There is evidence for civilisation in Brierley from at least iron age times, undoubtedly the seam of coal that ran near the surface in Brierley that fueled it's rise in the industrial revolution held appeal from much earlier times. There is an entry for Brierley in the Domesday book which seemingly mispell's the villages given name at the time. Breselia (most likely misspelled as 'Brerelia' as all further documentary mentions of the village are for 'Brerelia'). There is evidence of inreased interest in the area in Saxon times with earthworks still visible on the outskirts of the village and there have been dwelllings in the area from that date. An excellent history of the village can be found at BrierleyYorshireEngland.net
St. Paul’s Church in Brierley was built in 1869 for George Savile Foljambe, Lord of the Manor of Brierley, to the designs of John Wade in the Gothic Revival style. It was built as a chapel of ease to the medieval church of St Peter in Felkirk, local population had grown exponentially with the increased coal mining in Brierley and the surrounding areas, whether there was a place of Christian worship in the village before 1869 is unknown.
Mr Foljambe provided half the cost of the new church, and the rest was donated by other local principal people, the land for the church and old church school was given by Rev John Hoyland, vicar of Felkirk. The first curate was Rev Godfrey Pigott Cordeux. The church stands in a small churchyard, which is full, the last burial taking place in 1953, a larger cemetery is located behind the church.
Having a middle pointed style, the church was built of local sandstone and the roofs covered in Burlington slate, and is quite lavishly detailed, with carved corbels at the base of the roof trusses and carved label stops to windows.
Brierley survived the World Wars without material damage but the men of the village faired worse, the names of the fallen from the two major conflicts of the 20th Century are inscribed on a memorial in the grounds of the church.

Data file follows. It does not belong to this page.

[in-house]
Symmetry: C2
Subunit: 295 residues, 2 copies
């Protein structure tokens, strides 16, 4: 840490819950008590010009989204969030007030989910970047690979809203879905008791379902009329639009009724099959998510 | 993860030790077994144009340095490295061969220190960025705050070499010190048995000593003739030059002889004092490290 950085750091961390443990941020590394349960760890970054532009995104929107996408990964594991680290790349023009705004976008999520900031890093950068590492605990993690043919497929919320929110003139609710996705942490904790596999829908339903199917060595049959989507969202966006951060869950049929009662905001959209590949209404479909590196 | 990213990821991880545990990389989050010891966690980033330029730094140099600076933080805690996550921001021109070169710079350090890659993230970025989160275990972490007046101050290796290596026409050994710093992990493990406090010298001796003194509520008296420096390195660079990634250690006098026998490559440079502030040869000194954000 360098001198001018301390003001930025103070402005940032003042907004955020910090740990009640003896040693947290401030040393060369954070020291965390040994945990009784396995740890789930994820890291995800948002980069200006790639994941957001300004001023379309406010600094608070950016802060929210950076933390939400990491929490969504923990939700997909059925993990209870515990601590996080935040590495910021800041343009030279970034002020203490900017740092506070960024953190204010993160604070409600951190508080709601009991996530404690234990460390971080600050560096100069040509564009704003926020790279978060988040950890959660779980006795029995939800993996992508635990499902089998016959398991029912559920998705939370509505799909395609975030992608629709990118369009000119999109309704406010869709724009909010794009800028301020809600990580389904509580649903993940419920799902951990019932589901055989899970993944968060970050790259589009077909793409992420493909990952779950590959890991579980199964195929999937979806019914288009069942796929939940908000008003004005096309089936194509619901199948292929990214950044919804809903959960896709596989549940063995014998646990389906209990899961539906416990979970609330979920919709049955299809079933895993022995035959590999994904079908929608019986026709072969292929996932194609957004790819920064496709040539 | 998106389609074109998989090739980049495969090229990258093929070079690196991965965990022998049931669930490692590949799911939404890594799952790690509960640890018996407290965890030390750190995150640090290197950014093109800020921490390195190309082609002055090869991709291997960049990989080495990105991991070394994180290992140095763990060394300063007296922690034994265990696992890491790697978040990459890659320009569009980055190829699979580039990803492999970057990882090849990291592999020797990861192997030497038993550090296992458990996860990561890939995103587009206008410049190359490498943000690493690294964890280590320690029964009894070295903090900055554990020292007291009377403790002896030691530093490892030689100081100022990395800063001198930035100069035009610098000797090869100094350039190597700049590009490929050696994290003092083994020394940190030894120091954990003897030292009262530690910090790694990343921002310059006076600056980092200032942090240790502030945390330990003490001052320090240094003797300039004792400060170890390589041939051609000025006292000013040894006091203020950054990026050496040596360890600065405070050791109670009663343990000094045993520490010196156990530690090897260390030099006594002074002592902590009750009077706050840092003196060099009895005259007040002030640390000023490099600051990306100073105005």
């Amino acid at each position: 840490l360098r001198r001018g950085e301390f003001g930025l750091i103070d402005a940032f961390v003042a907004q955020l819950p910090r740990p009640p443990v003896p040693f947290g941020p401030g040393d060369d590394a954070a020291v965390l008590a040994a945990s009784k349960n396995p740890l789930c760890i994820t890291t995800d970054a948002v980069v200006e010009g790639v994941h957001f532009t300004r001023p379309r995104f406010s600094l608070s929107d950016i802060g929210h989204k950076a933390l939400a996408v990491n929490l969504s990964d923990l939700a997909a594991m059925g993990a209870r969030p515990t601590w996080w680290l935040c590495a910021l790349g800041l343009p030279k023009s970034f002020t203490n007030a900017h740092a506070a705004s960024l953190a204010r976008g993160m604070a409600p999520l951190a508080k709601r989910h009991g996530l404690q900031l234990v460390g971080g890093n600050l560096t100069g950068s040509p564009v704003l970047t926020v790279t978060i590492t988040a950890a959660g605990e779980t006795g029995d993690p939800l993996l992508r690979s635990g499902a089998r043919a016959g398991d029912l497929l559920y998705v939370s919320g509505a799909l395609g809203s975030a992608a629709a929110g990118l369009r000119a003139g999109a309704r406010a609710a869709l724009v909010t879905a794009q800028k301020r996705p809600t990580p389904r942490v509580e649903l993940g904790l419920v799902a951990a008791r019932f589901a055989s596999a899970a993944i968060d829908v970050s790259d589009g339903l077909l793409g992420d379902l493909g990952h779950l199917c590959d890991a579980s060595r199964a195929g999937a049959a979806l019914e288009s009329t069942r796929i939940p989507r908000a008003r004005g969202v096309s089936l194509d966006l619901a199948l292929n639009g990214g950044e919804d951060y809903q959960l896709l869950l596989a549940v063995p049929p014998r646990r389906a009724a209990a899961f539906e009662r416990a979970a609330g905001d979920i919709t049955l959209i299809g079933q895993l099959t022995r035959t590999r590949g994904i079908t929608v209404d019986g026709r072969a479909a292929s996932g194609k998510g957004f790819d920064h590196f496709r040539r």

The World War I memorial reads:
To the Glory of God and in memory of the men of this village who gave their lives in the Great War 1924-1918.
Greater love hath no man than this that he lay down his life for his friends.
A further memorial was added after the Second World War, this reads;
Also the Second World War 1939-1945.
A further mention should also be made for the last name on the roll call, RAF Volunteer Reserve Pilot Robert Barker Wilson 191471, who died aged 21 in a tragic non-combat accident May 29th 1945, at the time of his death his parents lived in sight of the church, opposite Brierley Hall. His grave is in the cemetery to the rear and he is remembered in one of the stained glass windows.
There has been little alteration to the church over the years, apart from the insertion of stained glass into the south windows. After the new Parish of Grimethorpe with Brierley was created in 2005, a small re-ordering scheme was carried out which included the removal of some pews and choir stalls, to improve the flexibility of the building. The tower and clock were restored in 2008. In 2009 the hand painted canvas panel ceiling was restored and the church was fully re-carpeted.
Move forward to 2019 and the Church has just been through a fairly major renovation and modernisation programme with the help of the National Lottery Heritage Fund, this included repairs to historic features, the removal of a few pews to make the workable space more useful and the much needed inclusion of permanent indoor toilet facilities, which will allow us to do many more events including the community now and provide much needed respite for occasions such as school services with St Paul's School. Find out more about the programme on our Heritage Fund page.
We hope the Church continues to be relevant in village life for years to come and welcome all to come and experience one of the most historic sites in the village of Brierley.